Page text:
I got off to a bad start with Travis Tritt.
Fortunately though, after a series of time-zone miscalculations, Country legend Travis Tritt and I finally connected for 10Minutes to discuss a bunch of cool stuff like his upcoming unplugged live album: A Man and His Guitar, the aesthetics of Tennessee, and acting in Tales From The Crypt.
On choosing Franklin over Nashville to record and film A Man and His Guitar:
“We looked at several different locations around the country. I’ve never played the Franklin Theatre in Franklin, TN but I went to visit and fell in love with it because acoustically, it sounded so good inside. Secondly, it had a great visual aspect to it on camera. The Franklin Theatre is very intimate but also has a wonderful look to it. It’s also so close to Nashville – where so much of my recorded music originated. I don’t get to play Nashville very often so coming back to that environment was like coming back home. So I thought it was the perfect venue. It suited this kind of performance ideally”.
On the contrast between an unplugged performance on A Man and His Guitar compared to full band productions:
“The acoustic shows give the perspective of how I originally wrote the songs – the way I first heard them in my head. Or the way I’d play them sitting around in my living room playing for a bunch of friends. The acoustic songs originated from the full band shows I’ve done where I send the band off stage and do a few songs on stage by myself acoustically. The way that I perform them acoustically is a little bit different than the way you’d hear them recorded or performed live with the band. They also give me the opportunity to sit down and tell some stories behind the songs I’ve written over the years while talking about some of my influences to become a singer and songwriter”.
On sharing stories about songs with fans:
“It gives people an idea of what I was thinking, what I was going through, or what I was dealing with personally at the time when I wrote the songs. The thing I love about Country music is it seems to tell stories. Country music tells stories of everyday working people and the emotions we deal with on a regular basis, so if you can give more insight as to why you wrote a particular song, I think it gives people more of an insight to why Country is so likable. But the audience response has been overwhelming. People walk away knowing a whole lot more about me as a person and knowing more about me as an artist. People leave our shows and they make the comment: “I never knew”. “I never knew…that he could sing like that. I never knew he had that many friendships and influences from artists before him…”. I think it creates an element of surprise and to be able to surprise people after having a career this long is a wonderful thing. It’s humbling and exciting”.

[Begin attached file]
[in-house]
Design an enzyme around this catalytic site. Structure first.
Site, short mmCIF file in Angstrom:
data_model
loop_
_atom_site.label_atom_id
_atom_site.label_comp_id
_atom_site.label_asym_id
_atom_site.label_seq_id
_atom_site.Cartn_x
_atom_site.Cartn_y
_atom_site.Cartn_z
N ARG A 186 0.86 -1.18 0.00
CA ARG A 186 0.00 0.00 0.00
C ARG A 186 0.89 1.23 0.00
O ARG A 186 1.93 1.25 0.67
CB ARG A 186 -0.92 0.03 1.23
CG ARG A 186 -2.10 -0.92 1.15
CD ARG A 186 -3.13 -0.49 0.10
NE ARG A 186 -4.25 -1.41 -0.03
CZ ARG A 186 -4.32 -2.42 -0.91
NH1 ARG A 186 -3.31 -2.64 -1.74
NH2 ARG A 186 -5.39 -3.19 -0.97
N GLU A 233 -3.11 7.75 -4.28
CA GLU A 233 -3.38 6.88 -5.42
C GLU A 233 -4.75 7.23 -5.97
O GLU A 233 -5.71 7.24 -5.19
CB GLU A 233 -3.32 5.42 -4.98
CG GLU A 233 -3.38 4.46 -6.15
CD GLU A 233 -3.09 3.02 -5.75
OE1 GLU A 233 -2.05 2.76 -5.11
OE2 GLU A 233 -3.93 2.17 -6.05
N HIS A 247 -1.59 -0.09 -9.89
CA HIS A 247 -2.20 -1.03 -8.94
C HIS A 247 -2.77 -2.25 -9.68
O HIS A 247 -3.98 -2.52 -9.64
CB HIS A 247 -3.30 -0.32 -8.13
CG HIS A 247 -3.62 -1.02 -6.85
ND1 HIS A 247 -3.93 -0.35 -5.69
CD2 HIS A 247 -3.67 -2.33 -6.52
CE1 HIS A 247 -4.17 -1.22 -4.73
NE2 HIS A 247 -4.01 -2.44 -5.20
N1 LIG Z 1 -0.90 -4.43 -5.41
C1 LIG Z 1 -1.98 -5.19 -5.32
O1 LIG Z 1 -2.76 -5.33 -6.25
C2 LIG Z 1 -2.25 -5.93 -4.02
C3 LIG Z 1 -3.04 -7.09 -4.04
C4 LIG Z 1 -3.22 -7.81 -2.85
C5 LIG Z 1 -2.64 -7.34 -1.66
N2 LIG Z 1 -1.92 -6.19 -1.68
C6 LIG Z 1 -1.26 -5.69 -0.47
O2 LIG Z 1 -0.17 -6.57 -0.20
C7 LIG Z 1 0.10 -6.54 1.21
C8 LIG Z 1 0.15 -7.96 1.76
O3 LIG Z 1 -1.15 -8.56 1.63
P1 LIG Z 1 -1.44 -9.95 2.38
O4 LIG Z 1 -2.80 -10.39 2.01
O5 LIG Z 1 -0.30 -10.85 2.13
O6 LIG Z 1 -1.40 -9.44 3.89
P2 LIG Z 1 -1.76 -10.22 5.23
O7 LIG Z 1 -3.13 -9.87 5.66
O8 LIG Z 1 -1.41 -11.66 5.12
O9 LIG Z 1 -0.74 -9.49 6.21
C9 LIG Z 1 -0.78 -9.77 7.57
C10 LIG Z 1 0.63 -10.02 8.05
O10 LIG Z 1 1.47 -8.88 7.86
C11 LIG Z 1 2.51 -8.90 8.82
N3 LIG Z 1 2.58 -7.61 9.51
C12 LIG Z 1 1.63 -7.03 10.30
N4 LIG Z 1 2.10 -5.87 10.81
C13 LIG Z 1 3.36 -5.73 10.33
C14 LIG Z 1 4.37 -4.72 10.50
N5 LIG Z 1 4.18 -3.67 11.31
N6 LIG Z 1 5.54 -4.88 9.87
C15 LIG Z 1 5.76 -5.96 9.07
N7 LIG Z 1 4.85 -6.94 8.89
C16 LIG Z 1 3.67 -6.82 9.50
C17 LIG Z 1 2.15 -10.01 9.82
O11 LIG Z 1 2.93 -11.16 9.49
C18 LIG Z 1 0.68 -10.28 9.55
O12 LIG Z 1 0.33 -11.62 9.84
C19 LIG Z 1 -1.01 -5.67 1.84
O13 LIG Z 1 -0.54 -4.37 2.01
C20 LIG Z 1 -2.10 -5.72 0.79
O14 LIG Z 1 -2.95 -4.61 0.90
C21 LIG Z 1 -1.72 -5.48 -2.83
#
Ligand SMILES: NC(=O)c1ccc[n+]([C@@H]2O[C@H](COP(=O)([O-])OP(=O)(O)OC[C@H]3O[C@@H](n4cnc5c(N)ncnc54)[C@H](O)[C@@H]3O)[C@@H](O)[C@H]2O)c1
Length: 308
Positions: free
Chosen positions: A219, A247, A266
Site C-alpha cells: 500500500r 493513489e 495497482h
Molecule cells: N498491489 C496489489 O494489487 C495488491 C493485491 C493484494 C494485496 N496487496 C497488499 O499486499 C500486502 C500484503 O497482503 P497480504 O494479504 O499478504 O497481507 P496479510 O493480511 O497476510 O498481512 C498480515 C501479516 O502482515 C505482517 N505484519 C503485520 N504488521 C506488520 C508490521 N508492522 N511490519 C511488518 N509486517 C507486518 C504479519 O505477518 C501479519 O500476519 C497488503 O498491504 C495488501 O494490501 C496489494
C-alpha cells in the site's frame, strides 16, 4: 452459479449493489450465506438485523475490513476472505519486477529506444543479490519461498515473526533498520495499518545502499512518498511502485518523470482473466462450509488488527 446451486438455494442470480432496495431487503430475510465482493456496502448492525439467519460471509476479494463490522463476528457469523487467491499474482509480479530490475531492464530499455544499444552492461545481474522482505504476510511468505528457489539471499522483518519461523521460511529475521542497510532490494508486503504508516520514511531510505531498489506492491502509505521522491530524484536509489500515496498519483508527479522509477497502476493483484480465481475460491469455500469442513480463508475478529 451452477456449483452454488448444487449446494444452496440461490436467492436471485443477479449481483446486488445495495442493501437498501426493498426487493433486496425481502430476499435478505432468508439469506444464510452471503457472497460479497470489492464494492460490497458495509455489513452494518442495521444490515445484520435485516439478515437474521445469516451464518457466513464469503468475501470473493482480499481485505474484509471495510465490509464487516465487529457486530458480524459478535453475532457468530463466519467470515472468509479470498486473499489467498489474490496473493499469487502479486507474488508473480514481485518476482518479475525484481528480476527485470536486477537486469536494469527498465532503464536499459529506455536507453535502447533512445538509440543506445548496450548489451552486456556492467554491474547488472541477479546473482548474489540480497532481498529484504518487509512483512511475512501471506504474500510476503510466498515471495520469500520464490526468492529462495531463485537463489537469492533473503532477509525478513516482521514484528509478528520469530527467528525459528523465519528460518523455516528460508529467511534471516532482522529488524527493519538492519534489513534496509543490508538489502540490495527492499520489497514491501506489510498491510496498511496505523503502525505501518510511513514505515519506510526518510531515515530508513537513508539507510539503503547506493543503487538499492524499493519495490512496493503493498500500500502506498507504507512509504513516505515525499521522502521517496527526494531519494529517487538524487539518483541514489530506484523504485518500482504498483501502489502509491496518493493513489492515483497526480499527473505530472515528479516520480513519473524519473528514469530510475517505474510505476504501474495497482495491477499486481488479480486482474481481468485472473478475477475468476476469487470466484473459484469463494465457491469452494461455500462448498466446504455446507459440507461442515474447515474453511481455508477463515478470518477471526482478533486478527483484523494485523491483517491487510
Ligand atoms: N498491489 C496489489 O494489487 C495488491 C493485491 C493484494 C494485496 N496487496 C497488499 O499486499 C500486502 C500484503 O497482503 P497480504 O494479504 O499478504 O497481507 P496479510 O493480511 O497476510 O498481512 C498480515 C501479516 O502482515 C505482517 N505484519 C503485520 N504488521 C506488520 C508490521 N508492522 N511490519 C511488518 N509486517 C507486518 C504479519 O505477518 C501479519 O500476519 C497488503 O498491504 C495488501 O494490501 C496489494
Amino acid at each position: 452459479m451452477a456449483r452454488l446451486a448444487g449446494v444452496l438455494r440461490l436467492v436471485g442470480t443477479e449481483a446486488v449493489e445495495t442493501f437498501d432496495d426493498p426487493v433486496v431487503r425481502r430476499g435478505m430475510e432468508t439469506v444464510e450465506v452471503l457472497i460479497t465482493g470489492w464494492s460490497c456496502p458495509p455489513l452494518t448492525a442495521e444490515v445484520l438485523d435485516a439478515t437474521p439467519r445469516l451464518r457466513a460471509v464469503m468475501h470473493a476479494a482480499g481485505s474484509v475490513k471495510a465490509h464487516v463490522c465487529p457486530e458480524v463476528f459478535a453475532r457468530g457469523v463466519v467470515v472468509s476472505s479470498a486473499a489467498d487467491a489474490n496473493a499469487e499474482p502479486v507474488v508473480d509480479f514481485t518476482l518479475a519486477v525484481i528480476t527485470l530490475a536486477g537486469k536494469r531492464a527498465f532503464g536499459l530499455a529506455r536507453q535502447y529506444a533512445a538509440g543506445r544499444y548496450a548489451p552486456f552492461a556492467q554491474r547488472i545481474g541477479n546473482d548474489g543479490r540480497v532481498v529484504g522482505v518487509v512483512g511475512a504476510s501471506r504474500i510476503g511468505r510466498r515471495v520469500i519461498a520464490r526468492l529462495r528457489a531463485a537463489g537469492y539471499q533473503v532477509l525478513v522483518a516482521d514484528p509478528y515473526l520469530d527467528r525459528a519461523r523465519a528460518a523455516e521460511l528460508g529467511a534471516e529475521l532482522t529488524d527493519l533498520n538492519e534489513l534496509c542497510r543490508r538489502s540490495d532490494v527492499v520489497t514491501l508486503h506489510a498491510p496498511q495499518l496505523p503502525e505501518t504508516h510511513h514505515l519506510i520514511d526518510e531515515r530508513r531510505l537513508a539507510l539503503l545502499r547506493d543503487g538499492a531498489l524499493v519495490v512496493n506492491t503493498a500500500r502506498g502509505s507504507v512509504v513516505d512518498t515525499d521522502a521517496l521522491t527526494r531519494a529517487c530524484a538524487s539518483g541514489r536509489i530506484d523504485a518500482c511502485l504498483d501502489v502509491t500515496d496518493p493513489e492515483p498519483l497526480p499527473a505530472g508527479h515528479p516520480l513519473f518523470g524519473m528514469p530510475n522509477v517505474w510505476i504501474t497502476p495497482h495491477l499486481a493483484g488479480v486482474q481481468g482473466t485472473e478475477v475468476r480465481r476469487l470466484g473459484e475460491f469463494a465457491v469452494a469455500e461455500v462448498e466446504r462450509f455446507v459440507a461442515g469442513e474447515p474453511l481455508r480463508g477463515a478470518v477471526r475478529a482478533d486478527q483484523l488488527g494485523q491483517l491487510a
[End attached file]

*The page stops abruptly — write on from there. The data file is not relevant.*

On the songs he chose to cover on A Man and His Guitar:
“It’s a great problem to have – to have so many hits that people connect to. But you want to throw stuff in there that surprises people – stuff they’ve never heard before. I went back to the well of songs and styles that influenced me the most when I was a kid. The cover of Gregg Allman’s ‘Come and Go Blues’ gave me an opportunity to showcase that style of music – blues music. And to do it in a way that people have never heard that song done before. Anytime you get a chance to pay homage to the people that came before you, I think it’s a great opportunity to share that love and excitement with the people who haven’t heard it before”.
On acting in Tales From The Crypt:
“We got a call from the producers asking if I’d be interested. When I read the script, it was a real challenge because it was a role I’ve never played before but it gave me an opportunity to do whatever I wanted to do with the character. In the episode, I get my head cut off and come back from the dead as this character that I could create the walk for, the voice for, and the other nuances that goes into creating a character. It was one of the most enjoyable roles because I had complete control of the character”.
You can pre-order Travis Tritt’s new unplugged album, A Man and His Guitar, which includes audio and visual performances from his back-to-back sold out shows at the Franklin Theatre, a handful of cover songs, and stories from the artist’s lengthy and accomplished musical career, here.